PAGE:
Saturday, January 30, 2016

The Bible Says

I live in "The Bible Says" land.  In the South, I see more cars with Bible verse bumper stickers than I've seen anywhere else. I had never seen the Ten Commandments posted in any one's front yard but down here it's almost common. Saying, "The Bible Says', puts an end to many an argument. Jacksonville, Fl has been debating a Human Rights Ordinance with protections for the LBGT community and many Christians have said, "The Bible Says" in opposition. Folks here generally assume they are living life according to what the Bible says.

The latest Barna poll on Bible reading I saw said that 59% of Protestants surveyed had read the Bible in the past week. A Gallup poll in 2004 said 34% of the people they asked believed the "Bible was the actual word of God". Yet, polls and anecdotal evidence show how little Christians really know about the Bible. Few know all ten of the Ten Commandments, the names of the apostles, the books of the Bible - not to mention - the life and teaching of Jesus or the theology of Paul.

Take for instance, the book of Leviticus. It has one of best known verses in the whole Bible (18:22) due to the ongoing controversies over homosexuality and the churches. Most of the other verses in the book are not as well known. Lev. 19:19, says do not let your animals breed with a different kind, and do not sow your fields with two different kinds of seeds, and don't put on a garment made of two different kinds of material. Verse 26 says not to eat any meat with it's blood still in it. No more steak cooked raw or medium rare! The laws found in Leviticus 17: 10-15 raise questions about hunting and the inhumane treatment of animals but any Christians raising those questions are hardly taken seriously.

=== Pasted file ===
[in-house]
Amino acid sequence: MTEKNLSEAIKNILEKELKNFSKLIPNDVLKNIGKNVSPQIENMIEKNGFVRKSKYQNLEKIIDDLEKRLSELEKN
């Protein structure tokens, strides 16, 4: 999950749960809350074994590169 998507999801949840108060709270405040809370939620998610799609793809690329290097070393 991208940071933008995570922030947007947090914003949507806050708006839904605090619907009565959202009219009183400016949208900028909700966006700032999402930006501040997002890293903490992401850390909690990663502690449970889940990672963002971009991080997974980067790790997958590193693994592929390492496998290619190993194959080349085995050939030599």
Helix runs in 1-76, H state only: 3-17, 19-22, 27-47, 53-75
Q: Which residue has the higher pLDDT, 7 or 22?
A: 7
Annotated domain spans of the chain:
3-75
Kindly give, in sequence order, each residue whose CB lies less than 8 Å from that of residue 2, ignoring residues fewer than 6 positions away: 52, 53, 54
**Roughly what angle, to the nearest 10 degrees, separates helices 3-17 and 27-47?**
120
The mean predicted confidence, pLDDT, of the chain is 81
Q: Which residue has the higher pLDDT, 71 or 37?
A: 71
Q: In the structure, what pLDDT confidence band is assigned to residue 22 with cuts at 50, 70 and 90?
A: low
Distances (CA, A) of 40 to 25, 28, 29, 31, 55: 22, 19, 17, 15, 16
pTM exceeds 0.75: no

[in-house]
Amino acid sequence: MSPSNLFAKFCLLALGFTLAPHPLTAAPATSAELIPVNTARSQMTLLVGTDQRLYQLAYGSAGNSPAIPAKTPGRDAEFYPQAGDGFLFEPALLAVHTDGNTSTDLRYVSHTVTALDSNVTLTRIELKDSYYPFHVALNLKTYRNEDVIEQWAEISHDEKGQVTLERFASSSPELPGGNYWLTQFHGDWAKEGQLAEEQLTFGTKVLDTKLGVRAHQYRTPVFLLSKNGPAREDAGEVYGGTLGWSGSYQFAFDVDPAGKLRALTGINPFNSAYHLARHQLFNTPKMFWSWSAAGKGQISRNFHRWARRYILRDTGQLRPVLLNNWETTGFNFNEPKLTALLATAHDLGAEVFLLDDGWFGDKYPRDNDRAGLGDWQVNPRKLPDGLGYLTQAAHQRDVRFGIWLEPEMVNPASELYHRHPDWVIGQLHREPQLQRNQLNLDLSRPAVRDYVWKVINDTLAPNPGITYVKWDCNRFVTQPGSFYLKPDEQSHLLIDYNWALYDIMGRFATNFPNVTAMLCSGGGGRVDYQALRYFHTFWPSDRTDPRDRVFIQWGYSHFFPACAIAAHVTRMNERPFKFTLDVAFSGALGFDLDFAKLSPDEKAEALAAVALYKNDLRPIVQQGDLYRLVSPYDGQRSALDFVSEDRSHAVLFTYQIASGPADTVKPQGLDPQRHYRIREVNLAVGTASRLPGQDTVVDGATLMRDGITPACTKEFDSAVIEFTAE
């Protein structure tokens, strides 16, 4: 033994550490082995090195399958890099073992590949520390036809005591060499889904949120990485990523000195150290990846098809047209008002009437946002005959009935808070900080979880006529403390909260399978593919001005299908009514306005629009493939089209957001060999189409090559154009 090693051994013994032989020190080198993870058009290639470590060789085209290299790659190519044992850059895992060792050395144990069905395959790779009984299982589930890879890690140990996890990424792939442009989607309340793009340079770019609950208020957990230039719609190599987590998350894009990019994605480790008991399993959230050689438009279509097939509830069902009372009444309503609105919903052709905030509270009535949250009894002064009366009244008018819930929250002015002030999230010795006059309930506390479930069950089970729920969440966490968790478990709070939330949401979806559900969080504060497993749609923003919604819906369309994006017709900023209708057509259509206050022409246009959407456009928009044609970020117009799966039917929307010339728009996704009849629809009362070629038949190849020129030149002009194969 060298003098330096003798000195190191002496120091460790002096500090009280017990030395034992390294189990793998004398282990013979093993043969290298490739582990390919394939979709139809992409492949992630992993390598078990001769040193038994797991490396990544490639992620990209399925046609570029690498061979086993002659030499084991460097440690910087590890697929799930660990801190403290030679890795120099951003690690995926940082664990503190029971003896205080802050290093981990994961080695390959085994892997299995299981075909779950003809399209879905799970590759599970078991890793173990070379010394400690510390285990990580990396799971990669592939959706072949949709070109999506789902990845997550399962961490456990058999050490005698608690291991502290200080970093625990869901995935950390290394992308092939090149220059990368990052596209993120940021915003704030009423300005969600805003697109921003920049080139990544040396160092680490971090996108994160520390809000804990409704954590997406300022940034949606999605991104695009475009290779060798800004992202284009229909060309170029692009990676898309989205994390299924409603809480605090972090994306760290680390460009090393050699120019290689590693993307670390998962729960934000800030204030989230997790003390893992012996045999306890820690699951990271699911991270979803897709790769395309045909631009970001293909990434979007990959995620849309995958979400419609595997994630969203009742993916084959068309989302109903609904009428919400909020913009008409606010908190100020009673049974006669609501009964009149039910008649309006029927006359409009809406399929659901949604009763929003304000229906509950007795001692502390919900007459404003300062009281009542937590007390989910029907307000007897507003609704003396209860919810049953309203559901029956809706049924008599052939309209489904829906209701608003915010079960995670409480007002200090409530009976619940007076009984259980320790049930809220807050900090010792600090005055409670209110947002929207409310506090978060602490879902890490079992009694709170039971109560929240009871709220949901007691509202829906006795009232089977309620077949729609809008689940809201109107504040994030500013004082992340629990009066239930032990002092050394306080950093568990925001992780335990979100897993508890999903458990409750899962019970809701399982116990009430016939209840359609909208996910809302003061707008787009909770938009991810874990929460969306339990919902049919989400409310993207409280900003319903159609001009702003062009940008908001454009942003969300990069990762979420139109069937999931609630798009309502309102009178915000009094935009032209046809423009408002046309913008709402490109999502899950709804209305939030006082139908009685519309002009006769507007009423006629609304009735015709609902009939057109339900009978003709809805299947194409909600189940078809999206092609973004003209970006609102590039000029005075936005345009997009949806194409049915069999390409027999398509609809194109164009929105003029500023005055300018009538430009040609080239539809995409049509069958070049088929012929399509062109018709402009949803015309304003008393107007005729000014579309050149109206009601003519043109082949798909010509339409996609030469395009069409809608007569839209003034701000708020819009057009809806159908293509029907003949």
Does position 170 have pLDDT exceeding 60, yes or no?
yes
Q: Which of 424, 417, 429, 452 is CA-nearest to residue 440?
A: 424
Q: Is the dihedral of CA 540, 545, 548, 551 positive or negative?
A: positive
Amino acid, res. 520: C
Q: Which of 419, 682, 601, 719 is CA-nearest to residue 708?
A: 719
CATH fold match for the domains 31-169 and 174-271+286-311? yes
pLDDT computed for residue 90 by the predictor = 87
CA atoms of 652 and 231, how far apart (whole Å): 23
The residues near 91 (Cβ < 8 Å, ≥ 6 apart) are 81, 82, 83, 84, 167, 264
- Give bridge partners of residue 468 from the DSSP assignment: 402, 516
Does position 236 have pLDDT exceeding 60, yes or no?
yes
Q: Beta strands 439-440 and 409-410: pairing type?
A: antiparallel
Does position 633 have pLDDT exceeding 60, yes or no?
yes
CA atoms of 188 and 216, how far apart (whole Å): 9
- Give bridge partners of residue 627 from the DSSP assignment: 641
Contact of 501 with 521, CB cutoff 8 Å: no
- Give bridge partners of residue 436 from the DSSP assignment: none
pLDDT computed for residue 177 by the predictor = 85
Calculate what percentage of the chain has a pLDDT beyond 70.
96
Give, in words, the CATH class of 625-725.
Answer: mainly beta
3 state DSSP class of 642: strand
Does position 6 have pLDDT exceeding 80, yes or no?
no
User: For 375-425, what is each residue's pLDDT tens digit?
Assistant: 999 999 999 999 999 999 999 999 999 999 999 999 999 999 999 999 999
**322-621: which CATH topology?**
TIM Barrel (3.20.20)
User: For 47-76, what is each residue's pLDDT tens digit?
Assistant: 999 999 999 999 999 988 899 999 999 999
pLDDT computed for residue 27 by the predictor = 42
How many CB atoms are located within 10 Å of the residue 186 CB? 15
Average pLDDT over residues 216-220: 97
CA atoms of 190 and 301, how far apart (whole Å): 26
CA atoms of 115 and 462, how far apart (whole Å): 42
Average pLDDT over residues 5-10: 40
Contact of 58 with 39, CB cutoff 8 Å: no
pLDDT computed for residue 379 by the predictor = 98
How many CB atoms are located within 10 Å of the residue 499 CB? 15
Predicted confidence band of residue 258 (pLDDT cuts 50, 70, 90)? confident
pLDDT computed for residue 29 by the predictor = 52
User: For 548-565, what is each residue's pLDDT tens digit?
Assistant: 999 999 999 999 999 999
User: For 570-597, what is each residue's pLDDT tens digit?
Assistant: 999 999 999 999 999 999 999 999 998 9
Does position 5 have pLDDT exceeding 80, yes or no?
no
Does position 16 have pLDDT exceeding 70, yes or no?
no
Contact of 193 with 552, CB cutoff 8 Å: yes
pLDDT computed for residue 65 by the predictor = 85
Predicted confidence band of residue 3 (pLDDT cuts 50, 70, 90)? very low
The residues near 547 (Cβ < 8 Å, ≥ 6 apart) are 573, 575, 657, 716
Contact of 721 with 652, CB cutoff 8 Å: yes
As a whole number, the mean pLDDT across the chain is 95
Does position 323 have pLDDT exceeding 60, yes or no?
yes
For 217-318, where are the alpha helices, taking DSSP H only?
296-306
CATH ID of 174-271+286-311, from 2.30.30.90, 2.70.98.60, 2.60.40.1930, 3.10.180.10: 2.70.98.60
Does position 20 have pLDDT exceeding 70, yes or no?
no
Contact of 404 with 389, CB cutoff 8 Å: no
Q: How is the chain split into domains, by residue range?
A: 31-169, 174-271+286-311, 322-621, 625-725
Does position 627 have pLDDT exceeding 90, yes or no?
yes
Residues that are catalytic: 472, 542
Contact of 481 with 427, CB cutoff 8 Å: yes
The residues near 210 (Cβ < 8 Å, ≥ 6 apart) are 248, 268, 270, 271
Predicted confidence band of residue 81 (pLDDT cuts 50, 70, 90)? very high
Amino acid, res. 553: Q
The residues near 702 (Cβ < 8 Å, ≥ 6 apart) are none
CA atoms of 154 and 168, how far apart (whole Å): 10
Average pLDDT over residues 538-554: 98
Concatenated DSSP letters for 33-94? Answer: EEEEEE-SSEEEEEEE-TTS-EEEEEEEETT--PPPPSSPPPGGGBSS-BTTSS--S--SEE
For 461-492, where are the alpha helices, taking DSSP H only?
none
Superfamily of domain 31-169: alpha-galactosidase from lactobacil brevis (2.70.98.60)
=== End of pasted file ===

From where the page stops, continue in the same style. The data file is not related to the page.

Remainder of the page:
What I'm saying is that most of our treatment of the laws in the Old Testament is pretty haphazard. Some we like, some we don't even know! How do we know which is which. The Bible says, but what do we do with what it says.

Jesus said in Matthew 5:17 that he did not come to abolish the law but he came to fulfill it. He did not come pointing out certain laws Christians are to follow and other ones we can ignore. He said he fulfilled all of them because we can't. There was only one law he told his followers to keep, the law of love. Love your neighbors as yourselves, love your enemies, love the Lord, your God. When the rich, young man came to Jesus and told him he had kept all the commandments, Jesus said to him, if you want to be perfect, sell all you have, give your money to the poor, and come and follow me. That commandment is, not so strangely, not a matter of much discussion today.

Christians make a distinction between the ceremonial laws in the Old Testament and the moral law. The ceremonial laws are not meant for Christians to keep today but the moral law (i.e., the Ten Commandments) is. This distinction sounds neat but doesn't work so well in practice. How do we know the difference? The Bible does not use that distinction. No where does the Bible spell out what laws Christians should keep and what laws are unimportant.

Leviticus takes the view that all the laws have something to teach us and there is not a one that is unimportant. It is all God's word (19:1-2). We don't have to come to Jesus as the rich, young man did and ask, Jesus what good deed must I do to inherit eternal life? The good deeds are enumerated in the Old Testament. Why, ask me, Jesus asked him, there is only one who is good, so go and keep the commandments. Which ones, he asked, (for there were very, very many). Jesus began naming a few and the young man nodded his head and said, I'm on top of those. But, Jesus said, there is one more thing. There is always one more thing. Unless, Jesus fulfilled the law, all of it. And we are following him living the one law that is necessary, the law of love.

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